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COVID-19 Financial Crisis: Frequently Asked Questions Answered

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COVID-19 financial crisis

How do you conduct business as usual in the midst of unprecedented events? That’s the question being asked in accounting departments across the country as the effects of the COVID-19 pandemic start to impact the global economy in sweeping ways.

Finance teams face twin challenges. First, they must meet ordinary obligations while working outside of the office and disconnected from coworkers. Second, they must do everything possible to understand how unpredictable economic forces will affect financial performance moving forward.

Not surprisingly, CFOs and accounting executives have a lot of urgent questions right now. While there aren’t any easy answers, decision-makers can follow best practices for learned wisdom. Discover how that applies to your own business by exploring some of the most common questions finance teams are seeking to answer today, along with the advice we recommend.

Sales Scenario Planning

What if some customers decide to delay buying decisions 30, 60, or even 90 days?

In the wake of nationwide economic shut-downs, many companies are watching and waiting. From that cautious position, they’re unlikely to move forward with buying decisions no matter how enthusiastic they appeared before or how many incentives you’re able to offer. Unless you operate in a few privileged industries, you will likely contend with declining revenues this quarter and next, making it incumbent on the accounting team to adjust plans and forecasts accordingly. Having access to up-to-date data to understand the depth of those declines and their enterprise-wide impact will be crucial. This is particularly true for establishing triggering events that spur accountants into action early enough to have a positive impact.

What if some customers choose to not buy at all, focusing resources on other areas of the business?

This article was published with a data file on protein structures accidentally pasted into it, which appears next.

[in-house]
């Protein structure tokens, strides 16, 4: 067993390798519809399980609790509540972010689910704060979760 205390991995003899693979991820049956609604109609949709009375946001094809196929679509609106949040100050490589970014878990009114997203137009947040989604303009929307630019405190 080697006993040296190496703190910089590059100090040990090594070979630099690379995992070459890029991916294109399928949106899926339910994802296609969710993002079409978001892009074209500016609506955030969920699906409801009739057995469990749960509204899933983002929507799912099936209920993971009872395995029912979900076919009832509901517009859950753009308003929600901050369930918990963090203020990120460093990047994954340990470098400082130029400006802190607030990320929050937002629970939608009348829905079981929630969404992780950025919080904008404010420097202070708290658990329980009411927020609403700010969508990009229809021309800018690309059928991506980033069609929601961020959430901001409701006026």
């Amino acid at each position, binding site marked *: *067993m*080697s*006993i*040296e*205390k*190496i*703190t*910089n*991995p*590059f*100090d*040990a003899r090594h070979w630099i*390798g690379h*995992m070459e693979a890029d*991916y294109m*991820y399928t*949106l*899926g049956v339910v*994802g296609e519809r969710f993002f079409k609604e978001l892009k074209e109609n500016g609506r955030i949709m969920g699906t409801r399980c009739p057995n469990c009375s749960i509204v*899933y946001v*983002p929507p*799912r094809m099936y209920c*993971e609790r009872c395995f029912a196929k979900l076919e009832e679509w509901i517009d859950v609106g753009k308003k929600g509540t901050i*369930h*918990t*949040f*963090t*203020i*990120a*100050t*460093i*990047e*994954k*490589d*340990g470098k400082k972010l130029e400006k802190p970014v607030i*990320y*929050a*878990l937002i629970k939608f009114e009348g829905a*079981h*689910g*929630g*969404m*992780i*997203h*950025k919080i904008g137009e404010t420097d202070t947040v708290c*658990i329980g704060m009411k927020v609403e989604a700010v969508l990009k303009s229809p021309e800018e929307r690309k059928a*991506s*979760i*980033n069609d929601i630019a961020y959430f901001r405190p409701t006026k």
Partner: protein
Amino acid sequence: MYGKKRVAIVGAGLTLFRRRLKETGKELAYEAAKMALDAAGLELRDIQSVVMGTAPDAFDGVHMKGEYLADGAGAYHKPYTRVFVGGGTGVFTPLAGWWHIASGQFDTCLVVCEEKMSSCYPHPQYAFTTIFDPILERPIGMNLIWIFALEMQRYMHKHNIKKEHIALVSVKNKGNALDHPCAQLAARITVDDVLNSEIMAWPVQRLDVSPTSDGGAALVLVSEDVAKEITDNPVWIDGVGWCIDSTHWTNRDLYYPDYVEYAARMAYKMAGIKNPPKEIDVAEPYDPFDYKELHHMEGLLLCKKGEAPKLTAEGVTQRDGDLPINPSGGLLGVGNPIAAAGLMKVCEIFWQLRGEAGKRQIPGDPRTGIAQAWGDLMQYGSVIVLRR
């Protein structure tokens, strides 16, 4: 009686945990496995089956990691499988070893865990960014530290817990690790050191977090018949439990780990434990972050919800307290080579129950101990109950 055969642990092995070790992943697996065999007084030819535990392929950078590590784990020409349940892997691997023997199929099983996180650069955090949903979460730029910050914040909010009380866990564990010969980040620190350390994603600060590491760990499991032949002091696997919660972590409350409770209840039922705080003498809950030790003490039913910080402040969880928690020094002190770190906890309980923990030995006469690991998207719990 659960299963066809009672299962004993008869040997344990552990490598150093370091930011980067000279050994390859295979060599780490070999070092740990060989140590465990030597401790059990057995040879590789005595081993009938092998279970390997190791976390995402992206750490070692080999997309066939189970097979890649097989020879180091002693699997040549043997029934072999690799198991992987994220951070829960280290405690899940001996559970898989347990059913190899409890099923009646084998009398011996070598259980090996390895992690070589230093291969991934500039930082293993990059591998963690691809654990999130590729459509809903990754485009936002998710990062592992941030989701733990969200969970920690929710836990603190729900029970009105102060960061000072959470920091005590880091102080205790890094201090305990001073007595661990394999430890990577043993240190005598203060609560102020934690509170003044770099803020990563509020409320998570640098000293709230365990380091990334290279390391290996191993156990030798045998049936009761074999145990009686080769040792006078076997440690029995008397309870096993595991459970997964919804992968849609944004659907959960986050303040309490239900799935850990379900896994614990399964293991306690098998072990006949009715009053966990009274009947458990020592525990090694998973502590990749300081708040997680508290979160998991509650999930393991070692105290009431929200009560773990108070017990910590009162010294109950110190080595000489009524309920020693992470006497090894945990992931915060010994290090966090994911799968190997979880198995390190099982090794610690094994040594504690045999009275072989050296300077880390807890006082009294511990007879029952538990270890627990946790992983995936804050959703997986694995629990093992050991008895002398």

Faced with the prospect of diminished revenue for several months, accounting departments need to prepare for a new paradigm. For all intents and purposes, every plan for 2020 needs to be re-evaluated and likely heavily revised. Those plans must account for lost revenue in the short-term, lost productivity due to remote/absent workers, and perilous sales conditions into the foreseeable future. Exploring all these unknowns becomes significantly easier with scenario planning capabilities that allow companies to model conditions and forecast financial health based on changing customer behavior and how long the the economy takes to recover. At a time like this when so much feels out of a company’s control, planning and preparation are invaluable assets.

Looking at COVID-19 information on a tablet.

Cash Flow Planning

What if some customers want to hold on to cash, being unsure of their near term revenue/receipts?

With over 82 percent of executives in one recent survey predicting revenue declines, companies should anticipate having less cash on hand and create a 13-week plan in response. Use this plan to stress test the organization, identifying when, where, why, and how diminished cash could jeopardize the company’s plans and obligations. Then make every effort to collect debts, possibly by offering discounts for early or cash payments. On the other end of the spectrum, insulate your company from cash flow issues by exploring if you can delay payments or renegotiate terms with vendors. Finally, cushion the company’s liquidity by exploring low-interest small business loans and other relief programs offered through the governments of many countries.

What if our vendors require quicker or upfront payments before delivering goods or services?